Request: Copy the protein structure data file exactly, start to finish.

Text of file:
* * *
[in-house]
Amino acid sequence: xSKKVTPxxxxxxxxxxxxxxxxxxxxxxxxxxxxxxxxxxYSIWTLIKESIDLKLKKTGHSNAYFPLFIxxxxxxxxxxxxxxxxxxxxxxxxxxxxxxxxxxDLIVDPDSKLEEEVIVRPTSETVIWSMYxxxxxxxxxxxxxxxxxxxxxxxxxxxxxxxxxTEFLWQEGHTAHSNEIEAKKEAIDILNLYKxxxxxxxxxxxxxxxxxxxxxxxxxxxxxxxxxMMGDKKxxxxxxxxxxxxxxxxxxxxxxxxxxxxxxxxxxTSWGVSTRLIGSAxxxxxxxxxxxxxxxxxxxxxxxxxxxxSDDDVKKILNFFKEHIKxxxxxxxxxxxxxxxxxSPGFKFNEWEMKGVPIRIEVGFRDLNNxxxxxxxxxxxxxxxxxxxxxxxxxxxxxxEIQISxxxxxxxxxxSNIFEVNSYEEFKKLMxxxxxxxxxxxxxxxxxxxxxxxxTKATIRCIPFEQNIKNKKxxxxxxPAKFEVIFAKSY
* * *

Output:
[in-house]
Amino acid sequence: xSKKVTPxxxxxxxxxxxxxxxxxxxxxxxxxxxxxxxxxxYSIWTLIKESIDLKLKKTGHSNAYFPLFIxxxxxxxxxxxxxxxxxxxxxxxxxxxxxxxxxxDLIVDPDSKLEEEVIVRPTSETVIWSMYxxxxxxxxxxxxxxxxxxxxxxxxxxxxxxxxxTEFLWQEGHTAHSNEIEAKKEAIDILNLYKxxxxxxxxxxxxxxxxxxxxxxxxxxxxxxxxxMMGDKKxxxxxxxxxxxxxxxxxxxxxxxxxxxxxxxxxxTSWGVSTRLIGSAxxxxxxxxxxxxxxxxxxxxxxxxxxxxSDDDVKKILNFFKEHIKxxxxxxxxxxxxxxxxxSPGFKFNEWEMKGVPIRIEVGFRDLNNxxxxxxxxxxxxxxxxxxxxxxxxxxxxxxEIQISxxxxxxxxxxSNIFEVNSYEEFKKLMxxxxxxxxxxxxxxxxxxxxxxxxTKATIRCIPFEQNIKNKKxxxxxxPAKFEVIFAKSY